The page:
The quality of a hand-made product depends entirely on the experience and skill of the maker; there’s a big difference between an artisan who has been building variations of the thing for 30 years and a neophyte who is applying newly acquired knowledge for the first time. This is not to say we shouldn’t support neophytes… they can’t become experts without practice.

By the same token, products manufactured at scale can be produced with exceptional quality. Examples of this are far too numerous to list, or even choose one to illustrate the point. But I’ll bet you can think of a dozen examples from your own experience in under 5 minutes.

In terms of value, the primary goal is to seek quality, regardless of how or by what process the thing is made.



This one should not be difficult to grasp. Things are made to be used. Yes, even works of art, music, theatre, and so on; they’re just made to use in ways we don’t conventionally think of as use.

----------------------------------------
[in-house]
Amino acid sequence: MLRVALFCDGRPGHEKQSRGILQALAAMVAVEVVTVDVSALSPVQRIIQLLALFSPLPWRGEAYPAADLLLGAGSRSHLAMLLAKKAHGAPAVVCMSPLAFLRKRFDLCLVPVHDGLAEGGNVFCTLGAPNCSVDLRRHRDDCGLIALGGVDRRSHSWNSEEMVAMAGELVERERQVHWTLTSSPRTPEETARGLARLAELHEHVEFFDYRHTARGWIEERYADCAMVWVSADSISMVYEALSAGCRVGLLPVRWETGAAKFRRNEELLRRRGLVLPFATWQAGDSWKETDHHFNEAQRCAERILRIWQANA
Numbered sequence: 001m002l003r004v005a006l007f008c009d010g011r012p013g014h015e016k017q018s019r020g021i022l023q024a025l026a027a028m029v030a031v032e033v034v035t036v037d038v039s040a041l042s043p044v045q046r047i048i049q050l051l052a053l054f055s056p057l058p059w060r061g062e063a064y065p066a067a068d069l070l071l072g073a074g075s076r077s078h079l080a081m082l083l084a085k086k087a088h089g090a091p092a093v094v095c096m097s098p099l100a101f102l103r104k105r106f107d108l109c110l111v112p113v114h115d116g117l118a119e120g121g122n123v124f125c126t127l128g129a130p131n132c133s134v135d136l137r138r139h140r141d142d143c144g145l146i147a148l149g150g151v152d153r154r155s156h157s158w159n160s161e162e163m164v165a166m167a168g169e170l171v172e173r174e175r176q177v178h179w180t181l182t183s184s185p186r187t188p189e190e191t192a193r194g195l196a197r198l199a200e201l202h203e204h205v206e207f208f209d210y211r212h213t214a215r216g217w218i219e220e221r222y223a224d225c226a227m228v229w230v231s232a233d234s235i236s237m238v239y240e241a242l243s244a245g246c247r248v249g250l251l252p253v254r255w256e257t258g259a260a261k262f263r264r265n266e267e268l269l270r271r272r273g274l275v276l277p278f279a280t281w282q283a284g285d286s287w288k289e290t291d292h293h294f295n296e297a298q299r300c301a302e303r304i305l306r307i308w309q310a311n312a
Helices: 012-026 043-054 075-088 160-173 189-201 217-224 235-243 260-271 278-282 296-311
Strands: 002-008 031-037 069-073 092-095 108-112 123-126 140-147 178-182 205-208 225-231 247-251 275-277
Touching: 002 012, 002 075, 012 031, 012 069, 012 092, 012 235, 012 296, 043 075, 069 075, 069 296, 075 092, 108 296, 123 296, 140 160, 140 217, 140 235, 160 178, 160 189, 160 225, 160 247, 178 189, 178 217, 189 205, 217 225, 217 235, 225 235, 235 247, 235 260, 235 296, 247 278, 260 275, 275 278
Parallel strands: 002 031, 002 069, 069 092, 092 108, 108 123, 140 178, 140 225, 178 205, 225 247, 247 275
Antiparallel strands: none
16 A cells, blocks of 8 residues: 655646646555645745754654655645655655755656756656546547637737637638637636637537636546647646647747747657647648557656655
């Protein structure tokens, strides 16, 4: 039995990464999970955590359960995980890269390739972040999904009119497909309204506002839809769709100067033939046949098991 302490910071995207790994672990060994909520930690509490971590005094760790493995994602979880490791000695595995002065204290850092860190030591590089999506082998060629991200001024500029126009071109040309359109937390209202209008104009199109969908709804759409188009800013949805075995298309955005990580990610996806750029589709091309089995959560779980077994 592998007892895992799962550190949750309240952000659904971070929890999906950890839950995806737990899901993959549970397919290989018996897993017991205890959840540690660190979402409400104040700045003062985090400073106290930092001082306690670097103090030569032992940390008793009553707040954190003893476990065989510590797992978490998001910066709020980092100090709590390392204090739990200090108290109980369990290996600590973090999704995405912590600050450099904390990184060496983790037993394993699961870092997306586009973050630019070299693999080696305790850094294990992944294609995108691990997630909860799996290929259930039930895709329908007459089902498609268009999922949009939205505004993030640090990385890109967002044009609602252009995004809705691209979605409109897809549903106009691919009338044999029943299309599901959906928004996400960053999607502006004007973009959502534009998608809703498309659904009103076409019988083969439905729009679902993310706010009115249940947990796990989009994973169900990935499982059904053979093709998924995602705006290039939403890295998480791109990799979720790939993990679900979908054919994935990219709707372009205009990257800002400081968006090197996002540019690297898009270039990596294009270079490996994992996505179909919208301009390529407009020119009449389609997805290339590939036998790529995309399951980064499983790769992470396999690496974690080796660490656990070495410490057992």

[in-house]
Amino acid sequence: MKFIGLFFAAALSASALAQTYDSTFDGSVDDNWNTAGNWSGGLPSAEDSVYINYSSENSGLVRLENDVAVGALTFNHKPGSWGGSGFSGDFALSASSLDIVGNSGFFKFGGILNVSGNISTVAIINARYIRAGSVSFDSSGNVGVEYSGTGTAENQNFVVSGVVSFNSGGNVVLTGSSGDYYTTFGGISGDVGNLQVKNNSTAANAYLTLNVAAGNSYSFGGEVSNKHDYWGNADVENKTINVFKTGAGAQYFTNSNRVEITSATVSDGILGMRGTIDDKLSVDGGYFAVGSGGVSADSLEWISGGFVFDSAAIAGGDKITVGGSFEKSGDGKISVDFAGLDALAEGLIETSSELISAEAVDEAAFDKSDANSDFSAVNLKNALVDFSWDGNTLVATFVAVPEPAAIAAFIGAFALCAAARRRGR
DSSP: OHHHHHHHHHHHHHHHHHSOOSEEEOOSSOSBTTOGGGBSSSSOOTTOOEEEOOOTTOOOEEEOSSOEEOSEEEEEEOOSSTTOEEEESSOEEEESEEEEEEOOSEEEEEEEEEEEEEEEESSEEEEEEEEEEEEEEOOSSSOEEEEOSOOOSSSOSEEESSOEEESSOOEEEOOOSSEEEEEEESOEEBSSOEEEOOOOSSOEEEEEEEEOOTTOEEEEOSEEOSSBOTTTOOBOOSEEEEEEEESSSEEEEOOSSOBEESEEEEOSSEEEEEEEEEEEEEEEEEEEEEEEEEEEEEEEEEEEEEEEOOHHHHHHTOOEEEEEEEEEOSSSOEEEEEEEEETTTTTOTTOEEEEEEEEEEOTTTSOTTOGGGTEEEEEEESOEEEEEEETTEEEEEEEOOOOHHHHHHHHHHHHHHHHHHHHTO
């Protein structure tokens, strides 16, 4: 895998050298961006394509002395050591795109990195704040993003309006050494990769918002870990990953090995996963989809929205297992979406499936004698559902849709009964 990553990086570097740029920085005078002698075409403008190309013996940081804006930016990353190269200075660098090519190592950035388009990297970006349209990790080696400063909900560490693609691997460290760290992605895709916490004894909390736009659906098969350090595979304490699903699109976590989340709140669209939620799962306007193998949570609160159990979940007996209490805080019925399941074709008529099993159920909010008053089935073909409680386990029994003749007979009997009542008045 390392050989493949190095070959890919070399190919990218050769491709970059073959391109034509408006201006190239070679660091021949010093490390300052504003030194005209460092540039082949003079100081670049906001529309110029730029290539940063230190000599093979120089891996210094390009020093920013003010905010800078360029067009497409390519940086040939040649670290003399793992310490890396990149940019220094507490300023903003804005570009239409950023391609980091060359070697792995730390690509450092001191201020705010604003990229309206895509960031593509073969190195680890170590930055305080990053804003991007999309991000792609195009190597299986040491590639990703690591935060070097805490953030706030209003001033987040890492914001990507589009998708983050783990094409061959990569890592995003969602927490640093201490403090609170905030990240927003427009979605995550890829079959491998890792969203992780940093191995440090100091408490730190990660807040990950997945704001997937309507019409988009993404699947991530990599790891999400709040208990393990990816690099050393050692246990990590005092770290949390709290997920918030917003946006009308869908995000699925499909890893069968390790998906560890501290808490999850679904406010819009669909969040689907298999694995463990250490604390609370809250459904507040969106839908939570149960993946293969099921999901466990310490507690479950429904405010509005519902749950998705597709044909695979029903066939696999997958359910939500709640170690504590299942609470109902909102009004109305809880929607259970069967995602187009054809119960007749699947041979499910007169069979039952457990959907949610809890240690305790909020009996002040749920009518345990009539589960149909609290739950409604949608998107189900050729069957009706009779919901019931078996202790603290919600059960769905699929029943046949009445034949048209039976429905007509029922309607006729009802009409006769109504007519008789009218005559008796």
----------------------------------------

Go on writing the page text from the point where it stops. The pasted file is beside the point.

When seeking value, it is important to look closely for signs that the thing in question has been designed and made with the end-user(s) in mind.

As an example: I worked in software for many years, and you would be surprised how frequently I encountered products (including those of my former employer, sadly) that appeared to place little or no priority on usability or user experience. I saw a TON of software that was “designed” by engineers, the way engineers think about things, and as if only engineers would ever use the application. Little or no consideration was given to the actual people who had to use the products. Yuck!